By Andrew Cunningham
Historically Speaking, Volume 9, Number 7, September/October 2008
Introduction: Sudden and fierce outbreaks of disease have always proved traumatic to societies, and one of the major responses has customarily been apocalyptic fear and the search for scapegoats or divine messages. This was true of the Black Death of 1348 as it was still true of AIDS in the late 20th century.
For centuries in Christian society people have made direct connections between the outbreak of epidemic disease and Doomsday. Not only were epidemics and pandemics thought to herald the end of the world, in the sense that they were punishments for the sinful, but pestilences had been among the signs of the Second Coming that Christ himself had warned his followers to watch for (Matthew 24.3-13). It is not only the pain, suffering, and many sudden deaths that make people so afraid in an epidemic, but also the accompanying disruption of civil society, especially as the food supply often breaks down, the living cannot cope with burying the dead, and those who can flee fast and far.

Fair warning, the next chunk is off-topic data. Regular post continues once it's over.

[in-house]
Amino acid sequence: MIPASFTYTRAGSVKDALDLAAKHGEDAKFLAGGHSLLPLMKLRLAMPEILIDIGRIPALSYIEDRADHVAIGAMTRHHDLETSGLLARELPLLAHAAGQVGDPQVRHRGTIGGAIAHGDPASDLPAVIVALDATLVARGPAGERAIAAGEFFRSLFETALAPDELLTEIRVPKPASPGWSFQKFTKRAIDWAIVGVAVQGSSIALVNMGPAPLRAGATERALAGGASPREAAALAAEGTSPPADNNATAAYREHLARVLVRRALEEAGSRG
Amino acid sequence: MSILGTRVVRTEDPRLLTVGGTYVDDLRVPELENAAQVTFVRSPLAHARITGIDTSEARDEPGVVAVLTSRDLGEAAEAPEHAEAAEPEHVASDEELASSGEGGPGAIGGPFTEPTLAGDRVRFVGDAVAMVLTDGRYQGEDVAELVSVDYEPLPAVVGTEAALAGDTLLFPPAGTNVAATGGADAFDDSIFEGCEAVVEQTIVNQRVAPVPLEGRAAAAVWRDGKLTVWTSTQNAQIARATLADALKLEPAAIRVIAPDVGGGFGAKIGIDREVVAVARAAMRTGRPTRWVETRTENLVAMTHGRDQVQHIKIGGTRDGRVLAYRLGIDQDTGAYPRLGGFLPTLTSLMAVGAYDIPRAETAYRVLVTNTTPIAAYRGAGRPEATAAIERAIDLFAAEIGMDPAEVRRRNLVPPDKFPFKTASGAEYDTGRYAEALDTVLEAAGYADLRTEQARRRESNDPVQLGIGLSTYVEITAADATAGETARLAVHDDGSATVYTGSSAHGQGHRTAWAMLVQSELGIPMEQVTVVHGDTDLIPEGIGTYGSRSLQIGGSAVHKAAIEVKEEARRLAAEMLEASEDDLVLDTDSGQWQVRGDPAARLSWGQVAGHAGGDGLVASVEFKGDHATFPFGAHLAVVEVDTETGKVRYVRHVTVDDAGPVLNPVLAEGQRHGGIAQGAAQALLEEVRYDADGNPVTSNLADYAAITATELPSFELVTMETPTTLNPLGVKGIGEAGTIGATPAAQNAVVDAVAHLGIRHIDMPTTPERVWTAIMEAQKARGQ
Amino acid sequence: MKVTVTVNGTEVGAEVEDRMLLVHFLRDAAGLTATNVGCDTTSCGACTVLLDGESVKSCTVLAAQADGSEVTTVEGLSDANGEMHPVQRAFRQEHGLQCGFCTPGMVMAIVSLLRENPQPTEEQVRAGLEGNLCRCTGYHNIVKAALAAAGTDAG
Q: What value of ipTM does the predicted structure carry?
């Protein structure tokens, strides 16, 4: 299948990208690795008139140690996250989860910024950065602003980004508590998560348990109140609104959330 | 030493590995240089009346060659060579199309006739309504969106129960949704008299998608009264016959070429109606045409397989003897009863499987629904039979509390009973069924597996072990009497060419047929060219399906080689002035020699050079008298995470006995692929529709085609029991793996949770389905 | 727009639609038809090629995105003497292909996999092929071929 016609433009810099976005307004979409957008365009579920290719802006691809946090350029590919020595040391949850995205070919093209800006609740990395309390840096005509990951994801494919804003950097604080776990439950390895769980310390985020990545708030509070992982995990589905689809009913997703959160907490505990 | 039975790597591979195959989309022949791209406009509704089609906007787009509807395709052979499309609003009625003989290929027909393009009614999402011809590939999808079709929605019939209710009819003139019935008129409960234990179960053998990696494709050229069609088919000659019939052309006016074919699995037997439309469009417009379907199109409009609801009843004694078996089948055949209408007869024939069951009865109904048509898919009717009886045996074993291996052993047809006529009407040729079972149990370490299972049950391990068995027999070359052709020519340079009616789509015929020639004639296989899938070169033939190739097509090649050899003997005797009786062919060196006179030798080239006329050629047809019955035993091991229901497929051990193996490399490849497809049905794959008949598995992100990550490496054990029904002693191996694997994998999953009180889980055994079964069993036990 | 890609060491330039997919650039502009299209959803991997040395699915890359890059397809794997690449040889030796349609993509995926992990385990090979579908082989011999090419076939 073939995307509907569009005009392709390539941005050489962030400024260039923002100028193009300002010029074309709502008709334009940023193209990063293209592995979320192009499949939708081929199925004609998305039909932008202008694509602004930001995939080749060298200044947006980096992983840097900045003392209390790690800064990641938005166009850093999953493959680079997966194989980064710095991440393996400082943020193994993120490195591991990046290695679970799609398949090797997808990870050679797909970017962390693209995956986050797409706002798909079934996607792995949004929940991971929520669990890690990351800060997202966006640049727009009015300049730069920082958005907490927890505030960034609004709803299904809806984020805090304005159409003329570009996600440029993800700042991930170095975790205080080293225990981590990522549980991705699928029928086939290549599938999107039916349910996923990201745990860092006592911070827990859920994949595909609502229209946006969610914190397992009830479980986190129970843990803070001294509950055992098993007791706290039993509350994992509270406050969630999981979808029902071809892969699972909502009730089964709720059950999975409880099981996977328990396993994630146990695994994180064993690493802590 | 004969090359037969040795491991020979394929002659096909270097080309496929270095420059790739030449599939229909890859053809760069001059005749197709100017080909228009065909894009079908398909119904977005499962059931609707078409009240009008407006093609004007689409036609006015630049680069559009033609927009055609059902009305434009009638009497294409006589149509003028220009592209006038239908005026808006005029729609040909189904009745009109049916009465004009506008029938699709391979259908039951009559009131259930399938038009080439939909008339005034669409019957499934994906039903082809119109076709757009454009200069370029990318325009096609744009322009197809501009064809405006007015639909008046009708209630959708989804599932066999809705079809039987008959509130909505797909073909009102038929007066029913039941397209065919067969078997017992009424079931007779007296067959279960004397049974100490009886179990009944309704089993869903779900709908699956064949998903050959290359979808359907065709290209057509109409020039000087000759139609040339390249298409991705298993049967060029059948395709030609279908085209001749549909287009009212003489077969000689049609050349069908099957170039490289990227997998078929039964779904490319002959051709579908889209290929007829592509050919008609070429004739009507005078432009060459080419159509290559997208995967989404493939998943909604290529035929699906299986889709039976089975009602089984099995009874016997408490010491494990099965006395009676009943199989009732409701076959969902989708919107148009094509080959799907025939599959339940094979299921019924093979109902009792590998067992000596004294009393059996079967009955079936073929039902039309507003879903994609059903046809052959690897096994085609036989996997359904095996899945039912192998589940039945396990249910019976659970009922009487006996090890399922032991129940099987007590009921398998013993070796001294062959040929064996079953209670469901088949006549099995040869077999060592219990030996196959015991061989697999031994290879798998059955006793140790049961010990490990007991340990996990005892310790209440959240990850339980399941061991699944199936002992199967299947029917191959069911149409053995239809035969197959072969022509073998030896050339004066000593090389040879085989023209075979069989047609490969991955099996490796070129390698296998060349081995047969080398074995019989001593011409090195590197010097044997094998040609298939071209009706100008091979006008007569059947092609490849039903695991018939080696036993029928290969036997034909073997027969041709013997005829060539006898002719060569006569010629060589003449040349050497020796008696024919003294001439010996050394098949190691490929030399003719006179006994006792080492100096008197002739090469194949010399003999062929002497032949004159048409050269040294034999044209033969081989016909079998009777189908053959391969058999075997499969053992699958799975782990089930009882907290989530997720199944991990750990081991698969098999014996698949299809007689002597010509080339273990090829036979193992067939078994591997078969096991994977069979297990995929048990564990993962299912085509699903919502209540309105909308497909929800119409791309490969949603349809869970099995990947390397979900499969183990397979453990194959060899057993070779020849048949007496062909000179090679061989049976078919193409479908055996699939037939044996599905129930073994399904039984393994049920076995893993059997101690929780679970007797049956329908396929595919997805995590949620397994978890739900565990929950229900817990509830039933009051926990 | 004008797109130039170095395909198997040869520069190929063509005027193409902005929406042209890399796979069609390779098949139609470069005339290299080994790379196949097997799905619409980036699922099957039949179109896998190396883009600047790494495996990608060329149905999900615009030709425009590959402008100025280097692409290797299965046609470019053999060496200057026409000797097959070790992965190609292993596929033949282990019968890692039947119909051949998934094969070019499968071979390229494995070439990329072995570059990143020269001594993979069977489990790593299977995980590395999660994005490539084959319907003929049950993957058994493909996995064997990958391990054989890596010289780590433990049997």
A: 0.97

An epidemic is a disease that literally “falls on the mob” (demos in Greek). The term has been current since antiquity. An epidemic is any disease that kills many people, kills them quickly, kills them in an unpleasant way, and which usually is arbitrary in its manner of action, not being choosy as to whether the victims are old or young, fit or unfit. The apparently arbitrary manner in which epidemics kill is one of their most important features, because it renders most precautions irrelevant.